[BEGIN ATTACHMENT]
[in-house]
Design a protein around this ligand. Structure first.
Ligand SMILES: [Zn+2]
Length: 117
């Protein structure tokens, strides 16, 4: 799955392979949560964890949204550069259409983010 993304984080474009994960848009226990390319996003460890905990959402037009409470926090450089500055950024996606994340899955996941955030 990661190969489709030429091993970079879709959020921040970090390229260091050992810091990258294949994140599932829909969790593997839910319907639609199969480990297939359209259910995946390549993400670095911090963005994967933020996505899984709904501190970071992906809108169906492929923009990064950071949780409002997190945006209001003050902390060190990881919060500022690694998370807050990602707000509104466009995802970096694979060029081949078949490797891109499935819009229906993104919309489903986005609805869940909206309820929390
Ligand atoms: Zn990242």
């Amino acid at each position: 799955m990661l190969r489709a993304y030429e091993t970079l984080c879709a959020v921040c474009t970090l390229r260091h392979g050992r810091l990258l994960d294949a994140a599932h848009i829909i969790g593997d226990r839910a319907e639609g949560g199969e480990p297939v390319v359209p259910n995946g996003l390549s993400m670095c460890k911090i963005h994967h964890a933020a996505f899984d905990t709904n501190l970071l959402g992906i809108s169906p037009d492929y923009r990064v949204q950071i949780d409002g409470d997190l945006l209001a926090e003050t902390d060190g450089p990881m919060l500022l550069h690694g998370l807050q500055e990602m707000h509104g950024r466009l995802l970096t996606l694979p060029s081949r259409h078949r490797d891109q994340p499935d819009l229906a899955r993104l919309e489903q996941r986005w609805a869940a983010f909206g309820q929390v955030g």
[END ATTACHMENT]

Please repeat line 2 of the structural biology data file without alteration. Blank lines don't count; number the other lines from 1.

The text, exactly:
Design a protein around this ligand. Structure first.